ORIGINAL REPORTING: What Could Replace Net Energy Metering
The 'small miracle' that may lead to California's net metering successor; Stakeholder talks show surprising support for net billing as a real possibility – in time.
Herman K. Trabish, Feb. 8, 2018 (Utility Dive)
Editor’s note: Since this story ran, states have begun putting in place some of the proposed options.
At the close of the January 2016 sessions in California’s Net Energy Metering 2.0 proceeding, California Public Utilities Commissioner Carla Peterman warned the state’s investor-owned utilities (IOUs) and New Energy advocates that the commission would make a final ruling in 2019 on a new compensation to replace the net energy metering retail rate in the landmark NEM 2.0 docket (14-07-002). Since Commissioner Peterman's ultimatum, stakeholders have worked at many ways to value that generation, but have reached only a range of possible formulations.
Utilities assert that more than 725,000 California electricity customers with net metered distributed generation shift costs for the system’s infrastructure and maintenance to non-distributed generation owners. Solar advocates argue the perceived cost shift disappears if all distributed generation's values are included in the cost calculation. Since Commissioner Peterman’s ultimatum, stakeholders in proceedings on distributed energy resources (DER) have wrestled with the value question. Yet disagreement remains over what factors belong in the locational net benefit analysis (LNBA).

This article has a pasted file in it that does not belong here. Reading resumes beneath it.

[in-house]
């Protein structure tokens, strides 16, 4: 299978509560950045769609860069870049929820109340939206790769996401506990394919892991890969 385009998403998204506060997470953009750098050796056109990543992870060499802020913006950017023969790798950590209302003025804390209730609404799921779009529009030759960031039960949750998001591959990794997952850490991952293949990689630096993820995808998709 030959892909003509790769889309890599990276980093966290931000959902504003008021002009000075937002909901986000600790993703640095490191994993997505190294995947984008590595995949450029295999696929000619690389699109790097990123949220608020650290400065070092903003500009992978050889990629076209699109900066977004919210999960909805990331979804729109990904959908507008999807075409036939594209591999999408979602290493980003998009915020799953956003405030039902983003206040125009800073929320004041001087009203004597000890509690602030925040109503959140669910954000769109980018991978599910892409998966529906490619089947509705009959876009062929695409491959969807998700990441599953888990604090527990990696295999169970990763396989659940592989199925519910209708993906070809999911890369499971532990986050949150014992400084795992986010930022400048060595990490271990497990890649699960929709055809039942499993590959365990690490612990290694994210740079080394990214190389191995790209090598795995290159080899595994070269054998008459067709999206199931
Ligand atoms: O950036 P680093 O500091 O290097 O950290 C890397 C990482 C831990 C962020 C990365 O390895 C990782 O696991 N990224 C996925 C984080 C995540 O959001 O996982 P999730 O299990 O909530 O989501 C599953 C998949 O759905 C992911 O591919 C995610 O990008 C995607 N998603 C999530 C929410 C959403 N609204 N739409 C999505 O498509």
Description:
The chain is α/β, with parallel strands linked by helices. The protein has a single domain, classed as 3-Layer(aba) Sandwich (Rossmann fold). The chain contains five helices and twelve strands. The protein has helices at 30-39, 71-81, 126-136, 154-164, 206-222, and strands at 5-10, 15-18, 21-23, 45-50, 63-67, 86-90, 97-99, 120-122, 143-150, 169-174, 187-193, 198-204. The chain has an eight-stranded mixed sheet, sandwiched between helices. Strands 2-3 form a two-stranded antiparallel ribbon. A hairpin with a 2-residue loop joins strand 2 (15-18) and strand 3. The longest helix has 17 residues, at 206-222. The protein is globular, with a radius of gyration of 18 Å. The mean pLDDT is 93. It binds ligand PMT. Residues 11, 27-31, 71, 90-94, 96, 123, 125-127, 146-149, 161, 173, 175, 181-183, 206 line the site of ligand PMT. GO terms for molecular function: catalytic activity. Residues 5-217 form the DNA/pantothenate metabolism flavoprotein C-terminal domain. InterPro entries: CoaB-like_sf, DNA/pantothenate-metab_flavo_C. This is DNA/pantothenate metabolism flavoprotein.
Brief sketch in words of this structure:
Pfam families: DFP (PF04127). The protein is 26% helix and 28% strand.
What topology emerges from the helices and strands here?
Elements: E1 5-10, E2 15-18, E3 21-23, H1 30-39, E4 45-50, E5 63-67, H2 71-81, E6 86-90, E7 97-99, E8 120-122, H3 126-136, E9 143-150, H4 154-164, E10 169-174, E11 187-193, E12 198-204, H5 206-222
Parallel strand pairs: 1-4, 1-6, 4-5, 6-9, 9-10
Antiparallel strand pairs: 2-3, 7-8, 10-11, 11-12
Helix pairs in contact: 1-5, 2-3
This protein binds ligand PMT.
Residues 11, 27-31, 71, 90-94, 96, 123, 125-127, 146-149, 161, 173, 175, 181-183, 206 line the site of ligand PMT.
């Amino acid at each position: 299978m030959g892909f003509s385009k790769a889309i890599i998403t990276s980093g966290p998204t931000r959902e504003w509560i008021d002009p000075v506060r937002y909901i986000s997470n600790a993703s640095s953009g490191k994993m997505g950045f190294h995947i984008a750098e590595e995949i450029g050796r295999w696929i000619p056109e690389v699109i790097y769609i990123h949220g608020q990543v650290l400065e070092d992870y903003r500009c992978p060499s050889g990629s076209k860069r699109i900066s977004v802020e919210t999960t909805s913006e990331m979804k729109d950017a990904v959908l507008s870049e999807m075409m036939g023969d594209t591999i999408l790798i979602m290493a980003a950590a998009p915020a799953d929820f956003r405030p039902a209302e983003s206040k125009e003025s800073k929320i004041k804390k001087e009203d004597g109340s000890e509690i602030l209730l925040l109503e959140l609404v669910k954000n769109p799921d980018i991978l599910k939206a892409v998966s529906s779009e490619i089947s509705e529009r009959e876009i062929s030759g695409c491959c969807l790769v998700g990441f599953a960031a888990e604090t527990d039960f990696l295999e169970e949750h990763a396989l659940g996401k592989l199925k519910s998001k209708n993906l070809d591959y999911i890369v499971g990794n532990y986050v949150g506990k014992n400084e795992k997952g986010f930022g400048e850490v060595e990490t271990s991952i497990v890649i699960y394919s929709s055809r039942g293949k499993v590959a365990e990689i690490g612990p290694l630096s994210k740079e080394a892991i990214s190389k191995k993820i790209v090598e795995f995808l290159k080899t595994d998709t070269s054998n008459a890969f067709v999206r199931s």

The LNBA is a comprehensive and complex methodology for valuing generation. It assumes generation at some locations, like where there is grid congestion, is of greater value to the system. California think tank Gridworks leveraged the influence of members like former CPUC Commissioner Mike Florio, who voted against the 2016 decision to extend NEM, to hold informal stakeholder talks on a successor tariff. It centered on five options to replace NEM in 2019. Gridworks Executive Director Matthew Tisdale, a former CPUC staffer who led commission DER initiatives, authored “Sustaining Solar Beyond Net Metering,” based on those discussions. Participants told Utility Dive the talks resulted in an increased understanding of one another's positions in the debate. There was significant agreement among participants that NEM drives customer adoption but does not optimally align supply and demand,” Tisdale told Utility Dive… click here for more
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